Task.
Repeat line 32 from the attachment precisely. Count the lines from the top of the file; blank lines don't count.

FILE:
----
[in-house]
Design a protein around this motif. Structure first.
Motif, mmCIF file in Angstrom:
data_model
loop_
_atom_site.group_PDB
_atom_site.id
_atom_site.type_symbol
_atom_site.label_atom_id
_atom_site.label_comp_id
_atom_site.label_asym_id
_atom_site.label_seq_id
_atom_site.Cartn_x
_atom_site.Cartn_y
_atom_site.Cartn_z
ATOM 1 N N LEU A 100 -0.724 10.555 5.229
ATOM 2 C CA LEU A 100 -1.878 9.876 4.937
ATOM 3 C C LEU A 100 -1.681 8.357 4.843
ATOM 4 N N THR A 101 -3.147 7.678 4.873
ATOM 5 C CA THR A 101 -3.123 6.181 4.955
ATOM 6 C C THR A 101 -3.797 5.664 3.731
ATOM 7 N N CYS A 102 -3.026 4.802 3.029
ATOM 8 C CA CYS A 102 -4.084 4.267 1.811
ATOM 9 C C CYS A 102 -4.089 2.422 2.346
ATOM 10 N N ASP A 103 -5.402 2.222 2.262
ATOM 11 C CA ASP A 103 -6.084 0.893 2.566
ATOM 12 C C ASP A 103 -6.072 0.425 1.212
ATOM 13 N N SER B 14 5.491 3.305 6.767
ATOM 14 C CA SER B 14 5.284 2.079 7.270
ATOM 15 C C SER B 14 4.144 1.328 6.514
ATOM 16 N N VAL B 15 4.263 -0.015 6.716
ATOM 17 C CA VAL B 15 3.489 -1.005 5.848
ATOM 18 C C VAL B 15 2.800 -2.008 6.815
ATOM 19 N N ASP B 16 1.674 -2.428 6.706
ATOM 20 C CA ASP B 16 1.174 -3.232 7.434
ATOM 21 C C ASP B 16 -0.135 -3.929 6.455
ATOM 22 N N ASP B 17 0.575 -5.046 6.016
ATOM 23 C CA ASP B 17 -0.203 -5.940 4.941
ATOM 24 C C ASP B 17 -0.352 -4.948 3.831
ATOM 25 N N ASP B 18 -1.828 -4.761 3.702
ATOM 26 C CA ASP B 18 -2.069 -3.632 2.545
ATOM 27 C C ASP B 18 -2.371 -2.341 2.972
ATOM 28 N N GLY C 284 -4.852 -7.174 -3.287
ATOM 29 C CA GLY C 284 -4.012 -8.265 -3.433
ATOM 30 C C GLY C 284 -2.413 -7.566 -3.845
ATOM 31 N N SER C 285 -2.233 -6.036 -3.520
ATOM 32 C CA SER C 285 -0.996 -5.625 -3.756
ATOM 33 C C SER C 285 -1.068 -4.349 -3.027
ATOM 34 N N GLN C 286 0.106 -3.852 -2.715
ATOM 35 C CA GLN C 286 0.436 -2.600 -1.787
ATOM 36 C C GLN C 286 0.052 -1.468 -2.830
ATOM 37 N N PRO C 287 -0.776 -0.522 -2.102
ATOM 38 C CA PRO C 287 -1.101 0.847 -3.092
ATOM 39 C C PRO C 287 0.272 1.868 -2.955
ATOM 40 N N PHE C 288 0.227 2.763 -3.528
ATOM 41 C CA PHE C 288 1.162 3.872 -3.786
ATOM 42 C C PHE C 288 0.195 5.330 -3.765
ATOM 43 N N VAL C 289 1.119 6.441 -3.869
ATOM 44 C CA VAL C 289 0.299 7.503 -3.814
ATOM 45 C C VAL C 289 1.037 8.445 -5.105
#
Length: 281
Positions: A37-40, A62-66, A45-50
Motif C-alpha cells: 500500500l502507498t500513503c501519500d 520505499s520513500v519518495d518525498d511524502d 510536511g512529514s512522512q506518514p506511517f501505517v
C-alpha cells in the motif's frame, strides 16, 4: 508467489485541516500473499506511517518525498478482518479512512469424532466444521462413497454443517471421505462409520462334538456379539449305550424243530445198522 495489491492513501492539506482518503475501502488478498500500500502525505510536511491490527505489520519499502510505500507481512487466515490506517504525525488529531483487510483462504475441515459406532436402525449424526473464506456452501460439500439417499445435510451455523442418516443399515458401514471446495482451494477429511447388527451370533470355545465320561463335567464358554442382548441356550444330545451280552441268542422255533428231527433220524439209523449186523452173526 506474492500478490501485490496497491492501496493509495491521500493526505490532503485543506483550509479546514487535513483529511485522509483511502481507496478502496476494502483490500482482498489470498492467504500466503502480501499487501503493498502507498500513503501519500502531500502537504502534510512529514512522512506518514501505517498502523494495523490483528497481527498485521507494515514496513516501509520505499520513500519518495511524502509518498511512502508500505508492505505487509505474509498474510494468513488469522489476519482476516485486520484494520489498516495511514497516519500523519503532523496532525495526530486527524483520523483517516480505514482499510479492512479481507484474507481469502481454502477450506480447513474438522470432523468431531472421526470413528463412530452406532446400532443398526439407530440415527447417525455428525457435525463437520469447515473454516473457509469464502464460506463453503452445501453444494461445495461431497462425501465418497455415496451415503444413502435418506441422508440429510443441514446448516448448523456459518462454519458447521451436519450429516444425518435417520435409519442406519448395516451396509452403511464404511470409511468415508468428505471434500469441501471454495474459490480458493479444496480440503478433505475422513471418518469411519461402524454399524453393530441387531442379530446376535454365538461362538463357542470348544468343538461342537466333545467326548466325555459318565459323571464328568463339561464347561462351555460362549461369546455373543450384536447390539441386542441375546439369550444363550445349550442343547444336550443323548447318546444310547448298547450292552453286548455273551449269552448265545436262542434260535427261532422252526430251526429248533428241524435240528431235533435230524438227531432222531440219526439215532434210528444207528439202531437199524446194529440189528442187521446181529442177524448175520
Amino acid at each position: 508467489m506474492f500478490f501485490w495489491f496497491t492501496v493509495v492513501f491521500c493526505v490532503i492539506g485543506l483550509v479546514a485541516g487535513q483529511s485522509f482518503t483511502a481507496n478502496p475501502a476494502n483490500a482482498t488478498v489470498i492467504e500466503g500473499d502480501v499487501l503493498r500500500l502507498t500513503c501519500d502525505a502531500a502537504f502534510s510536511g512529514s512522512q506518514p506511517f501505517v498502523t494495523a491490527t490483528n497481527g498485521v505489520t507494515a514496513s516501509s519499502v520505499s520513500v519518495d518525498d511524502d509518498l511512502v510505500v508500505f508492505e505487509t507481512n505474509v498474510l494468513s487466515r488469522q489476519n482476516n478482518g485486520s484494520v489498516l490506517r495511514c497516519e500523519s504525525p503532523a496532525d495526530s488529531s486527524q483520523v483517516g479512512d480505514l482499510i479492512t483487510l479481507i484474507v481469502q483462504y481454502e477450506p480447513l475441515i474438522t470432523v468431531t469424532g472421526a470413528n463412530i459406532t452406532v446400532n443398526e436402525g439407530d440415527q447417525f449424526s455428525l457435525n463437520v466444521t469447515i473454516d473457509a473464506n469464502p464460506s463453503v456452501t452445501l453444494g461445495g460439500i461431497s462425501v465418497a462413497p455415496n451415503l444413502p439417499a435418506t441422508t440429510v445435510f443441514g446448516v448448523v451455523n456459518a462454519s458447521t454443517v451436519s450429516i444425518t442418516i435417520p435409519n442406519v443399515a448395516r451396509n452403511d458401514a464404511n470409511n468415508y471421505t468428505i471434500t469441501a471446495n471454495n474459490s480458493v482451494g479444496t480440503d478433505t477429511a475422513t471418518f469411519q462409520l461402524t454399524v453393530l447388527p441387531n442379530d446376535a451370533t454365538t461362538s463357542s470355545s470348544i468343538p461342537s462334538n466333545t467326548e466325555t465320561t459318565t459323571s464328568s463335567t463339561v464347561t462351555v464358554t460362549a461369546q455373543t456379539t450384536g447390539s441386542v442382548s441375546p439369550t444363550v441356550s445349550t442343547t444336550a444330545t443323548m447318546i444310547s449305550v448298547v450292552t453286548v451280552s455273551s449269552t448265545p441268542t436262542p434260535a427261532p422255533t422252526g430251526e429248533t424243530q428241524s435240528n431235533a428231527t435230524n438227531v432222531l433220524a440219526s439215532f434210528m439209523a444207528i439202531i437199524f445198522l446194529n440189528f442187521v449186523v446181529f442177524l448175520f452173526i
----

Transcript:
ATOM 17 C CA VAL B 15 3.489 -1.005 5.848